of ICP, compared with other types of electrically generated plasmas, has brought to the analysis of liquids. The
chapters which follow are arranged in four parts. The first
part (304 pages) deals with ICPs as radiation sources for
optical emission spectrometry. This begins with a chapter
on basic plasma spectroscopy rather than on analytical
plasma spectrometry. Next a chapter on emission spectrometers deals with the construction and performance criteria of modern sequential and simultaneous spectrometers, together with trends for their future development. A
further chapter discusses elementary aspects of high frequency generators for I C P spectrometry, and gives characteristic data on plasma torches and nebulizers. The chapter
on the analytical capabilities of ICP deals with optimization techniques such as simplex procedures, the relationship between operating conditions and analytical performance. Limits of detection, quantitative analysis, and calibration in ICP-OES are treated thoroughly. The problems
of choosing suitable spectral lines and of spectral interferences, which are very important in analytical practice, are
clearly and concisely treated in one chapter. In a further
chapter, using analytical results on actinides as an example, it is impressively demonstrated that optical ICP
atomic spectrometry using high resolution spectrometers is
very effective even with difficult matrices. In another
chapter on the spectroscopic properties of the inductively
coupled plasma, the reader is given a clear understanding
and a good review of this aspect of the literature on ICP,
which also is of importance to analytical chemists.
The second part (75 pages), deals with the analytical capabilities of ICPs in fields other than optical emission
spectrometry. The first chapter of this section gives an ac-
count of the principles of atomic fluorescence spectrometry and the most recent results from ICP atomic fluorescence. The chapter on ICP mass spectrometry too gives an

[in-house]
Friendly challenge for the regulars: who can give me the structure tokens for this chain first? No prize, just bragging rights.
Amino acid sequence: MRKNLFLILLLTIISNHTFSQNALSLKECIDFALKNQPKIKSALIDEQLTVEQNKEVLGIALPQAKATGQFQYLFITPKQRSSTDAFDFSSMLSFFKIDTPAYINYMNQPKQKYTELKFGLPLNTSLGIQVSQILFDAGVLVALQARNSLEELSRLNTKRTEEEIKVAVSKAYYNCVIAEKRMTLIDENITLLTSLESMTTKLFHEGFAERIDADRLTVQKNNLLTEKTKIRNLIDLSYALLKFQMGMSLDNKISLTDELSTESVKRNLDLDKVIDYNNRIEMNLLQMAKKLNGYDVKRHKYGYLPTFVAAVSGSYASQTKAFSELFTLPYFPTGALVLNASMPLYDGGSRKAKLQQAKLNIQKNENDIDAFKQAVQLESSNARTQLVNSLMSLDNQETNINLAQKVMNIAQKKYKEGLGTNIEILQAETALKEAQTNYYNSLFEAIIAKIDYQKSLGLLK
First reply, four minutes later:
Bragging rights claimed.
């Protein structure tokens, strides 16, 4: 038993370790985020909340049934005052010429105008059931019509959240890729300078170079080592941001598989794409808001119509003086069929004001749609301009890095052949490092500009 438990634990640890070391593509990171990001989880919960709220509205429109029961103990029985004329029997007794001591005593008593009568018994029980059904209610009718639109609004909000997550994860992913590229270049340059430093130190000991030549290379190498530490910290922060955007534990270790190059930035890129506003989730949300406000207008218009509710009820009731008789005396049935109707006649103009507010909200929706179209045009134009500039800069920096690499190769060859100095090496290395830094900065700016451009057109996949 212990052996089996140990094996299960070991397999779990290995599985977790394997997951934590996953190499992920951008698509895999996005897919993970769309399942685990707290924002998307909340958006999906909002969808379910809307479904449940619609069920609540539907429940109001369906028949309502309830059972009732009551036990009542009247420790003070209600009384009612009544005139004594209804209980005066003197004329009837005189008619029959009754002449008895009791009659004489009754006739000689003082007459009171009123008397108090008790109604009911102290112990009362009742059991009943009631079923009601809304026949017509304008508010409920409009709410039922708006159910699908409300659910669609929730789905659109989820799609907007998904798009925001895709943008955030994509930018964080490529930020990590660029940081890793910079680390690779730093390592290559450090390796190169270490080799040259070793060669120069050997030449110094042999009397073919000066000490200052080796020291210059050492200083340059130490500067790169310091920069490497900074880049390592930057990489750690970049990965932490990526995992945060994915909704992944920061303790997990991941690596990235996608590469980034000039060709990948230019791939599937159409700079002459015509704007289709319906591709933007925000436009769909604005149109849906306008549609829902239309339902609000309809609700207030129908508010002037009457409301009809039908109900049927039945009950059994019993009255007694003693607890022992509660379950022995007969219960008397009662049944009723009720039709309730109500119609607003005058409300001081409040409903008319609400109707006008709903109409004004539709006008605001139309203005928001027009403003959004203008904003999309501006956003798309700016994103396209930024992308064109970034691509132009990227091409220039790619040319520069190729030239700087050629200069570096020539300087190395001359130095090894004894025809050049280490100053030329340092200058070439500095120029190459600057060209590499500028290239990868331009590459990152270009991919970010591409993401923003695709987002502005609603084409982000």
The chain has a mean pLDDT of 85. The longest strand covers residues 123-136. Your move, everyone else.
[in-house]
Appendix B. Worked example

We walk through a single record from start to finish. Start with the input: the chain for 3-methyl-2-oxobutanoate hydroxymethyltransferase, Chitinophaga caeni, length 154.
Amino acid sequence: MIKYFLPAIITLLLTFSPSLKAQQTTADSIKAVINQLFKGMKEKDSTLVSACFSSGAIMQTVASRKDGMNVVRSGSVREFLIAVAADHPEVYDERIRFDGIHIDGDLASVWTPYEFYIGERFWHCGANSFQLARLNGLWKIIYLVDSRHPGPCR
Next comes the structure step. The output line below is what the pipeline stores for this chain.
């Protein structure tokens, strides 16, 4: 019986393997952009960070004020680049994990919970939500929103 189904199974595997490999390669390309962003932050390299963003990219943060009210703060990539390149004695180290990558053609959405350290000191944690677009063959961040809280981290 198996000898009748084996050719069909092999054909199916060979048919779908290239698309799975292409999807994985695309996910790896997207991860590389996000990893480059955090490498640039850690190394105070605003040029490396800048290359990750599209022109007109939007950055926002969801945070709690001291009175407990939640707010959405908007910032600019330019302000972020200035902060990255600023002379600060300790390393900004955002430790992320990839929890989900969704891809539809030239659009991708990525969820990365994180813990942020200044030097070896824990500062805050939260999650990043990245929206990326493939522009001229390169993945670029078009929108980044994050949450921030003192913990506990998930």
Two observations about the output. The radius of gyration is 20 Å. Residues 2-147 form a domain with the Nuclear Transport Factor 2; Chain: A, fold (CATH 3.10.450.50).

indication of future developments, and provides an insight
into a technique which is now being used more and more
for multielement determinations in the sub-pg/mL range
of concentrations.
The third part (101 pages), on sample introduction, gives
a clear description in three chapters of the various methods for generating aerosols from liquid and solid samples,
and for introducing gases into the ICP. Two further chapters report on important developments such as ICPs with a
gas consumption of less than 2 L/min, and ICPs which operate with gas mixtures and with gases other than argon;
the development of ICPs of medium power (0.6- 1 kW) and
medium gas requirement ( < S L/min), which are now
available from several manufacturers, is briefly touched
In the final part (29 pages) the analytical capabilities of
ICP spectrometry are described. The reader is referred to
important published work in various areas of application.
Also in this part the performance of ICP spectrometry is
compared with that of other atomic spectrometry techniques, such as AAS, D C P (directly coupled plasma) and
X-ray spectrometry, and problem-orientated developments
of ICP-related techniques are described; these topics are
treated in a clear, but quite brief manner. An appendix,
which is especially useful for users of the technique, lists
data on prominent ICP emission lines, as published by
Winge, Peterson and Fassel.
The information which this book on ICP spectrometry
contains will certainly be greatly welcomed by the circle of
analytical chemists, built u p during the past fifteen years,
who now use the technique. It also provides research
scientists engaged in further development of ICP with a
good review of the current state of the art and useful literature references. Because of its presentation and the
amount of detailed information included, the book is a
standard work on this important elemental analysis technique.
J . A . C. Broekaert [NB 890 IE]
Institut fur Spektrochemie,
Dortmund (FRG)